Don’t skimp on training outlays, ICS boss warns

Don’t skimp on training outlays, ICS boss warns

Training acts not only as a career enhancer, but also plays an essential role in the modernisation of the shipping industry as a whole, said Esben Poulsson, chairman of the International Chamber of Shipping (ICS) today, as he delivered the keynote speech at this year’s Crew Connect Global Conference in Manila.

“The future sustainability of the industry requires an evolutionary response to the training and retention of seafarers,” he stressed. “We need to do more than simply respond to changing needs, we must learn to anticipate them and thereby control the development of the industry. “

The ICS boss was concerned that the poor shipping economy could lead to poorer training of seafarers.

“There is always a danger in these circumstances that investment in training can be a victim,” warned Poulsson. “Now, perhaps as never before, companies must have an eye to the future and consider that significant growth in shipping could return within the next five years. Employers must recognise that decisions made in these difficult times should not inhibit the future sustainability of the industry. Investment in training and recruitment is an essential part of assuring good industrial health.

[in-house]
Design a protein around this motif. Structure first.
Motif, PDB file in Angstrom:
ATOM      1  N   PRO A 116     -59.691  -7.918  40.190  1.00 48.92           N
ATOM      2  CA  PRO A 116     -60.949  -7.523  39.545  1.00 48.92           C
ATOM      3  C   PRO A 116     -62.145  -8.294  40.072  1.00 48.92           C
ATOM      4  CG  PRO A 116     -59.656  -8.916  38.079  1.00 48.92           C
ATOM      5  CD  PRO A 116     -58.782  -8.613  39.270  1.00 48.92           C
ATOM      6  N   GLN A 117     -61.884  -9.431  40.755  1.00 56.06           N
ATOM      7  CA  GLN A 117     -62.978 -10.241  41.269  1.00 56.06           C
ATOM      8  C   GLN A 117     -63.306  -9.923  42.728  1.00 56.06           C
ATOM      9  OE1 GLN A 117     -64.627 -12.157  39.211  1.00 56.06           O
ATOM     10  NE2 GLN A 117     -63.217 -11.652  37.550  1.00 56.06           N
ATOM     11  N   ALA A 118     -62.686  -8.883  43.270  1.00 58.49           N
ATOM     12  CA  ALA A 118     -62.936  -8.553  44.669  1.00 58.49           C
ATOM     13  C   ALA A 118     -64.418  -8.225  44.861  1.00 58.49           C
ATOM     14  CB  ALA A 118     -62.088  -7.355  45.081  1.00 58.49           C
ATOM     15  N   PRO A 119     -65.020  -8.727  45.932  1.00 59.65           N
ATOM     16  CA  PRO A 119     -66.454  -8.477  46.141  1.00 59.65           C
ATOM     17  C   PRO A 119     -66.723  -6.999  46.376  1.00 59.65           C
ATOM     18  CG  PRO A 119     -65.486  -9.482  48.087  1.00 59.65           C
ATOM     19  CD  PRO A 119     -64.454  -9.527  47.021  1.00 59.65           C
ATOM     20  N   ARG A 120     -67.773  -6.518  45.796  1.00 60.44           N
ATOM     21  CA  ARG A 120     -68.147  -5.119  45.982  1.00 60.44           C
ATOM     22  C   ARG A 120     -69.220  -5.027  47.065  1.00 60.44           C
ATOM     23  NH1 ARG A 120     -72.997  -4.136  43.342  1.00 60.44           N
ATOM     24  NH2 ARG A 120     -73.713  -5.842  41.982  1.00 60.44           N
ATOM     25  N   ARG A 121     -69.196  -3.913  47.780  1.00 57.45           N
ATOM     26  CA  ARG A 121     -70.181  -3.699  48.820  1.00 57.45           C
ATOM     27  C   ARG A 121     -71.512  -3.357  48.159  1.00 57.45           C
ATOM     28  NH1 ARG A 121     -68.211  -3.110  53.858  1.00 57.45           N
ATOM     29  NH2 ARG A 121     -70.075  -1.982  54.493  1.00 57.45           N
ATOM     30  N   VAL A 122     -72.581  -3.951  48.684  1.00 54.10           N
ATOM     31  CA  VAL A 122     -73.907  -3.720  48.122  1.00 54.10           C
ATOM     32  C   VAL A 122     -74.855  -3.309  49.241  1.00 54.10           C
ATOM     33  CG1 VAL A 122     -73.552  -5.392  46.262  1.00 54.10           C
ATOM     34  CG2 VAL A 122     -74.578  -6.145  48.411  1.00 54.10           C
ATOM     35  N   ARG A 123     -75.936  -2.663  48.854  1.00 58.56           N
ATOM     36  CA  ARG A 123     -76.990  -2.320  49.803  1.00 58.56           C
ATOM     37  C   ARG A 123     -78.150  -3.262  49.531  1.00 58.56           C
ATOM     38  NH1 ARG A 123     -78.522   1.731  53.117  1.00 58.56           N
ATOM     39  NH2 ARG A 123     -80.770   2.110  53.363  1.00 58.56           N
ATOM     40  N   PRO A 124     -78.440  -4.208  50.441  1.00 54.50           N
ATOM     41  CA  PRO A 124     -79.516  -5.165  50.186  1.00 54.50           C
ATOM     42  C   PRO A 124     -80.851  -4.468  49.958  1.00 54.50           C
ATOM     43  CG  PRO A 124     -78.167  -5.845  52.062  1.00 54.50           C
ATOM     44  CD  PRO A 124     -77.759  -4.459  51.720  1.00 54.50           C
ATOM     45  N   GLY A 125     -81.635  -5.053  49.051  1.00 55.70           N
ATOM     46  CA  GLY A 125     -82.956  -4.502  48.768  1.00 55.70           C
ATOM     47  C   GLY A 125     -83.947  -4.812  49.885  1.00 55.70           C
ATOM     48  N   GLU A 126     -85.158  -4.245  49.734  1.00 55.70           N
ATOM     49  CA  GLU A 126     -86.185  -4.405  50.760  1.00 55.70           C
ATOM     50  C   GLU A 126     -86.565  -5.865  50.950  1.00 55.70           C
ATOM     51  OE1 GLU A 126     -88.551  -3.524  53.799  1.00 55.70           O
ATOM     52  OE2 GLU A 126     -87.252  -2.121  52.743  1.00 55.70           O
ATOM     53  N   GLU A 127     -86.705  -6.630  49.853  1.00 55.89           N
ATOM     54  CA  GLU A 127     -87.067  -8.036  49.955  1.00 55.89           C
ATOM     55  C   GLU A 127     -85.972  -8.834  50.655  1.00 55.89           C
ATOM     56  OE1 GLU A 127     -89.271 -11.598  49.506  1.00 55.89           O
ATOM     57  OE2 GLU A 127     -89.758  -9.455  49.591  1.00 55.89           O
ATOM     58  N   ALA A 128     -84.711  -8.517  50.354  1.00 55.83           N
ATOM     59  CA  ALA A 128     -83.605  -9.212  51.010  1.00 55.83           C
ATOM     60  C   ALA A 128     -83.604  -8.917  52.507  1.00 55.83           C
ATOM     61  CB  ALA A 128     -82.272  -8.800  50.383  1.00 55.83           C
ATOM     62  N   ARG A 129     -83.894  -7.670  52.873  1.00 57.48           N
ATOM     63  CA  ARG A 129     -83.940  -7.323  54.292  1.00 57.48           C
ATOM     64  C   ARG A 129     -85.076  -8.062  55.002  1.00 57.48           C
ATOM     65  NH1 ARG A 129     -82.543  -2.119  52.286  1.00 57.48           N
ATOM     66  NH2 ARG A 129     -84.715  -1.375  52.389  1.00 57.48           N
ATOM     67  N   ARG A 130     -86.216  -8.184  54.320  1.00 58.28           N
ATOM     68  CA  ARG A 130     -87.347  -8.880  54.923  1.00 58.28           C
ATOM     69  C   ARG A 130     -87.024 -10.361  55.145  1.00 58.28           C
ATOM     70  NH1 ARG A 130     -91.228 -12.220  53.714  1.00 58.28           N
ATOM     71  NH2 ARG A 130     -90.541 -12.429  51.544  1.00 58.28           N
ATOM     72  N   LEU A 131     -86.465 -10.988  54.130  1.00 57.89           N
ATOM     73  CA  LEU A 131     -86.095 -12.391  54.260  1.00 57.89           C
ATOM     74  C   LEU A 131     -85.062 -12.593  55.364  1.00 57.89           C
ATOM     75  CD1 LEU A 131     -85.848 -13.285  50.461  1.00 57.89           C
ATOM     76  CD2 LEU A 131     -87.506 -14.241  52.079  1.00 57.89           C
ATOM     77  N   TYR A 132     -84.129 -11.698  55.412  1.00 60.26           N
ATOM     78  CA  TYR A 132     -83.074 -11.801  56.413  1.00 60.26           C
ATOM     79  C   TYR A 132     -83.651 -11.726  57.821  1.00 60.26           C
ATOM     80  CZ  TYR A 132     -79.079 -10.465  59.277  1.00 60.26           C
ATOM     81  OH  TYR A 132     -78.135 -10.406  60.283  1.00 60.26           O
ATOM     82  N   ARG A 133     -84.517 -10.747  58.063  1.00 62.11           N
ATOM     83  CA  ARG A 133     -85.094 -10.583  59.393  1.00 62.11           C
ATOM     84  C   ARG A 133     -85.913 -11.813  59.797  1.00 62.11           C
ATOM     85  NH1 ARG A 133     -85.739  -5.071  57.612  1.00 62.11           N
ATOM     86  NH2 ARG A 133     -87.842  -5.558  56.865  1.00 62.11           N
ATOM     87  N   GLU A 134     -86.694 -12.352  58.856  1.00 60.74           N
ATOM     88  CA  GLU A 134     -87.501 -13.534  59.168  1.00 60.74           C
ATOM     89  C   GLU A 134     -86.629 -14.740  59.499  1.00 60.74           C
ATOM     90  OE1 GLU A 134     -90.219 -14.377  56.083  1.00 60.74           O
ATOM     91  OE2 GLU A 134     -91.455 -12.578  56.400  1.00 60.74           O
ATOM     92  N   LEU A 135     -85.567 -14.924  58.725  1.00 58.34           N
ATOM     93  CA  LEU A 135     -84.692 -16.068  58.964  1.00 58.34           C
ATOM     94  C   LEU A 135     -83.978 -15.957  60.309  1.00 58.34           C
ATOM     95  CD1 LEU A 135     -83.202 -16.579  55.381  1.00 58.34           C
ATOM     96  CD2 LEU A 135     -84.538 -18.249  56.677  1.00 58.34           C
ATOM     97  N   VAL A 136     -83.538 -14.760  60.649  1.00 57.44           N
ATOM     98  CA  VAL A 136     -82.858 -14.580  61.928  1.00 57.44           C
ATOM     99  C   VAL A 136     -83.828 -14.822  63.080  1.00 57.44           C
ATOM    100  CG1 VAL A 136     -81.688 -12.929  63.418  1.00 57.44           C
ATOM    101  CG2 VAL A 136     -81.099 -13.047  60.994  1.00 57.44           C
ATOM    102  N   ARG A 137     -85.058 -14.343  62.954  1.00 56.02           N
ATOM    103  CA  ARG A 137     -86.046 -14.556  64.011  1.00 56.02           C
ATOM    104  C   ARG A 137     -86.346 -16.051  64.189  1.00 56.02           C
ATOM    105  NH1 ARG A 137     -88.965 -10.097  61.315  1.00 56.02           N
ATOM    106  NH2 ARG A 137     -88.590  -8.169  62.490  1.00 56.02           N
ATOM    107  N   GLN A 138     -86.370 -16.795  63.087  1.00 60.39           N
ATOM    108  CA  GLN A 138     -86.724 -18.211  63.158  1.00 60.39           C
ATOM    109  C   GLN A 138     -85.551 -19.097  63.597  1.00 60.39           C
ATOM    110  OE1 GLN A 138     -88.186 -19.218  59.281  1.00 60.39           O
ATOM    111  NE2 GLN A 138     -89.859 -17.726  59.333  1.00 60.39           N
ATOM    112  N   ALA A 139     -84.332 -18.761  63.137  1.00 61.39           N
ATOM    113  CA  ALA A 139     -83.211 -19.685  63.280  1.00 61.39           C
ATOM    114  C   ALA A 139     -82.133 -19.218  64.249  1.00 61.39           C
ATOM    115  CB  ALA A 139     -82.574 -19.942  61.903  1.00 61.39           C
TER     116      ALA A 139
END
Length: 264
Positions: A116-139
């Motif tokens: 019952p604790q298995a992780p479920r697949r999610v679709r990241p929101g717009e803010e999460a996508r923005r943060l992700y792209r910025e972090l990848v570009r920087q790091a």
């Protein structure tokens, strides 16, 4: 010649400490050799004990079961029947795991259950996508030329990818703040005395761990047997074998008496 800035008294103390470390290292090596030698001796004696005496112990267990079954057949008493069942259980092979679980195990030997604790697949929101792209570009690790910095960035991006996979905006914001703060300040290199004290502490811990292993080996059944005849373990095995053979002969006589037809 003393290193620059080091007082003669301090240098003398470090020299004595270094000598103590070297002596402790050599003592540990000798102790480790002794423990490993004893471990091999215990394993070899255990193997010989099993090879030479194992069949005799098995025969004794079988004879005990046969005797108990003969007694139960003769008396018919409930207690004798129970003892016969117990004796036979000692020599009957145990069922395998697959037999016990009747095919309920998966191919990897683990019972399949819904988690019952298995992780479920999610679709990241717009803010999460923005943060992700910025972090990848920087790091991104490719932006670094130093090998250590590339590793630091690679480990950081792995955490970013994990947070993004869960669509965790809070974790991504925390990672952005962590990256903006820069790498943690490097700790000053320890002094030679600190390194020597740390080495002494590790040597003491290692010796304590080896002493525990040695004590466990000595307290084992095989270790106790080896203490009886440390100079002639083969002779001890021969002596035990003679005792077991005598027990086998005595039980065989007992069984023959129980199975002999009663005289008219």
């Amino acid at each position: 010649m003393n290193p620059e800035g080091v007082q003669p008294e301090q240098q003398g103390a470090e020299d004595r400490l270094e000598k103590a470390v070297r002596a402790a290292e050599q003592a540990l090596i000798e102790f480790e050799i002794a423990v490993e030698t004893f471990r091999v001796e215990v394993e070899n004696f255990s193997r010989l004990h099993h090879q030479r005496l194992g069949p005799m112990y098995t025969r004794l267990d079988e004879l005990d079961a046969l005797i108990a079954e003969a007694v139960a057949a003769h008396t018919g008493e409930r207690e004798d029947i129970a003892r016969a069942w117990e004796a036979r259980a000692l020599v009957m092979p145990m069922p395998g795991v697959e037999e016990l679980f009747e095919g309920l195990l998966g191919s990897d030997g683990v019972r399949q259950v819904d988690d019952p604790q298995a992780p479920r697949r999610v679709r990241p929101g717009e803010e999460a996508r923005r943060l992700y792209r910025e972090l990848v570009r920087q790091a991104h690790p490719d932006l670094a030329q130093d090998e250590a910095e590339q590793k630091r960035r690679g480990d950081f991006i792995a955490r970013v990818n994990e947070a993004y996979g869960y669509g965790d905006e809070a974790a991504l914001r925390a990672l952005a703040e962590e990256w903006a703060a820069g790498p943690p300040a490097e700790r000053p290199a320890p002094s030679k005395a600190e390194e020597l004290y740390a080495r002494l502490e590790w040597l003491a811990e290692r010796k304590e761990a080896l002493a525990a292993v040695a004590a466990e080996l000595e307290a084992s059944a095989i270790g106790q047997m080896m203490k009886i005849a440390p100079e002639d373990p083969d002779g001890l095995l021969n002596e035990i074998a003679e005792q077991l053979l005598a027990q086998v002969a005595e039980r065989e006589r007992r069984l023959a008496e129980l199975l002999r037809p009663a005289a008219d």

On the advent of smart shipping, Poulsson suggested: “Seafarers may no longer be required so much to use machines but rather to collaborate with them.”

Sam Chambers

Starting out with the Informa Group in 2000 in Hong Kong, Sam Chambers became editor of Maritime Asia magazine as well as East Asia Editor for the world’s oldest newspaper, Lloyd’s List. In 2005 he pursued a freelance career and wrote for a variety of titles including taking on the role of Asia Editor at Seatrade magazine and China correspondent for Supply Chain Asia. His work has also appeared in The Economist, The New York Times, The Sunday Times and The International Herald Tribune.

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1 Comment

  1. Thomas
    November 16, 2016 at 9:45 am

    With autonomous ships lurking on the horizon (with some already in service), perhaps that closing quote should be scaled down to just the first six words?